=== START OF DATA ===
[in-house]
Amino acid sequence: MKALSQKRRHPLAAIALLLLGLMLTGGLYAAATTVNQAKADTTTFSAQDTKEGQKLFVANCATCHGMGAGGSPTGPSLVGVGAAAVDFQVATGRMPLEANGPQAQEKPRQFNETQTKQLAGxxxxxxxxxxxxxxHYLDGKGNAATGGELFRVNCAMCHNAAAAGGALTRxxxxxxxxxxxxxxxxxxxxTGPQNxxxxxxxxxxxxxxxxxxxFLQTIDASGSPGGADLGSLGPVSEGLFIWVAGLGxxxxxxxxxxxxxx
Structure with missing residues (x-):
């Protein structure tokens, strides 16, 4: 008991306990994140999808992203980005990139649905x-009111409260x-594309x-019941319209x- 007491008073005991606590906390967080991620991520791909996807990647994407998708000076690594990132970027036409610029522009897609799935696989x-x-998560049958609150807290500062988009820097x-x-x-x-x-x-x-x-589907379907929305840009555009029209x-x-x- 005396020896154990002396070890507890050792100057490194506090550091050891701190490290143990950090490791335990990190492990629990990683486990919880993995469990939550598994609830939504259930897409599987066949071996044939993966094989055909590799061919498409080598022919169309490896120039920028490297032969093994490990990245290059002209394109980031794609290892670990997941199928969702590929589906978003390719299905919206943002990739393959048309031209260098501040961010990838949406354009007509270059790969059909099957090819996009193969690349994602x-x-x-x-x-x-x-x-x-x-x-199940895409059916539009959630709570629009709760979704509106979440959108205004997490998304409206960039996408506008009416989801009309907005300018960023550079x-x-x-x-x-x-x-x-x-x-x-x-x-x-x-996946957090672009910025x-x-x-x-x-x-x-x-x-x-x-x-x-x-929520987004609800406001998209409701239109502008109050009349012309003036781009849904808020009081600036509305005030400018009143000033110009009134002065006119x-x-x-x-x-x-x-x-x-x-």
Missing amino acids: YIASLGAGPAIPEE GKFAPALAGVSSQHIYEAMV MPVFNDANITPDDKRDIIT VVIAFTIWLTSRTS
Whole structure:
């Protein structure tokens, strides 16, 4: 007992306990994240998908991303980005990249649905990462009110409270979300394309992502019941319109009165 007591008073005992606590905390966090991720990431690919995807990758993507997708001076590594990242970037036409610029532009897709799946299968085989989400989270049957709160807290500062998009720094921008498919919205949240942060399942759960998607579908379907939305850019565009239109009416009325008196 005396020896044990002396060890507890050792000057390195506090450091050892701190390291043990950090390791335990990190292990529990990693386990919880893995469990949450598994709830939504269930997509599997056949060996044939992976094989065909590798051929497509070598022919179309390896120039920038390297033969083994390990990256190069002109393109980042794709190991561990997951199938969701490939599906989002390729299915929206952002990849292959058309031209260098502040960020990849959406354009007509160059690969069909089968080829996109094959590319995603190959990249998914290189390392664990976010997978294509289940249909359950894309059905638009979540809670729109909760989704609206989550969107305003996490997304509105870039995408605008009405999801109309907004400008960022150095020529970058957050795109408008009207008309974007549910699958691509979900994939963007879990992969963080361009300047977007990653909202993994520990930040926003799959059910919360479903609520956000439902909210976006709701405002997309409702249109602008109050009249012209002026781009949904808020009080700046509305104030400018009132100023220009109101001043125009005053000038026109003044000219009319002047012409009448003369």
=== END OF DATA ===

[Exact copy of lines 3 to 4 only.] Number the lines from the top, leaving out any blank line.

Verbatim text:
Structure with missing residues (x-):
């Protein structure tokens, strides 16, 4: 008991306990994140999808992203980005990139649905x-009111409260x-594309x-019941319209x- 007491008073005991606590906390967080991620991520791909996807990647994407998708000076690594990132970027036409610029522009897609799935696989x-x-998560049958609150807290500062988009820097x-x-x-x-x-x-x-x-589907379907929305840009555009029209x-x-x- 005396020896154990002396070890507890050792100057490194506090550091050891701190490290143990950090490791335990990190492990629990990683486990919880993995469990939550598994609830939504259930897409599987066949071996044939993966094989055909590799061919498409080598022919169309490896120039920028490297032969093994490990990245290059002209394109980031794609290892670990997941199928969702590929589906978003390719299905919206943002990739393959048309031209260098501040961010990838949406354009007509270059790969059909099957090819996009193969690349994602x-x-x-x-x-x-x-x-x-x-x-199940895409059916539009959630709570629009709760979704509106979440959108205004997490998304409206960039996408506008009416989801009309907005300018960023550079x-x-x-x-x-x-x-x-x-x-x-x-x-x-x-996946957090672009910025x-x-x-x-x-x-x-x-x-x-x-x-x-x-929520987004609800406001998209409701239109502008109050009349012309003036781009849904808020009081600036509305005030400018009143000033110009009134002065006119x-x-x-x-x-x-x-x-x-x-």